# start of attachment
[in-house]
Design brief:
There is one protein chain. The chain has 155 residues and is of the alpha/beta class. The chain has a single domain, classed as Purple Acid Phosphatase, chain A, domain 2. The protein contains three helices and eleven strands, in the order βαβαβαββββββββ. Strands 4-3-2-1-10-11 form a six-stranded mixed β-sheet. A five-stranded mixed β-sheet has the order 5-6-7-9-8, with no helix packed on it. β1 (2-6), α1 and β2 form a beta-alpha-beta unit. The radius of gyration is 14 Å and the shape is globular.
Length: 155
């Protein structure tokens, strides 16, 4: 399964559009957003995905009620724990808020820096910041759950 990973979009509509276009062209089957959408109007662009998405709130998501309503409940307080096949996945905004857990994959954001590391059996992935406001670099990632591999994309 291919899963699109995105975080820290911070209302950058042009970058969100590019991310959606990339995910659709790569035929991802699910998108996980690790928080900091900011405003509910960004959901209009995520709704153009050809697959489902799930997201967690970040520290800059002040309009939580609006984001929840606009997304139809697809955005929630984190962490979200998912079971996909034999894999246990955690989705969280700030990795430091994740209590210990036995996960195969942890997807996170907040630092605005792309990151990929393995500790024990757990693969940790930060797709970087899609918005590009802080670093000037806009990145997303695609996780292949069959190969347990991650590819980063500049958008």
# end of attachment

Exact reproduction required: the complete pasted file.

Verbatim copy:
[in-house]
Design brief:
There is one protein chain. The chain has 155 residues and is of the alpha/beta class. The chain has a single domain, classed as Purple Acid Phosphatase, chain A, domain 2. The protein contains three helices and eleven strands, in the order βαβαβαββββββββ. Strands 4-3-2-1-10-11 form a six-stranded mixed β-sheet. A five-stranded mixed β-sheet has the order 5-6-7-9-8, with no helix packed on it. β1 (2-6), α1 and β2 form a beta-alpha-beta unit. The radius of gyration is 14 Å and the shape is globular.
Length: 155
């Protein structure tokens, strides 16, 4: 399964559009957003995905009620724990808020820096910041759950 990973979009509509276009062209089957959408109007662009998405709130998501309503409940307080096949996945905004857990994959954001590391059996992935406001670099990632591999994309 291919899963699109995105975080820290911070209302950058042009970058969100590019991310959606990339995910659709790569035929991802699910998108996980690790928080900091900011405003509910960004959901209009995520709704153009050809697959489902799930997201967690970040520290800059002040309009939580609006984001929840606009997304139809697809955005929630984190962490979200998912079971996909034999894999246990955690989705969280700030990795430091994740209590210990036995996960195969942890997807996170907040630092605005792309990151990929393995500790024990757990693969940790930060797709970087899609918005590009802080670093000037806009990145997303695609996780292949069959190969347990991650590819980063500049958008």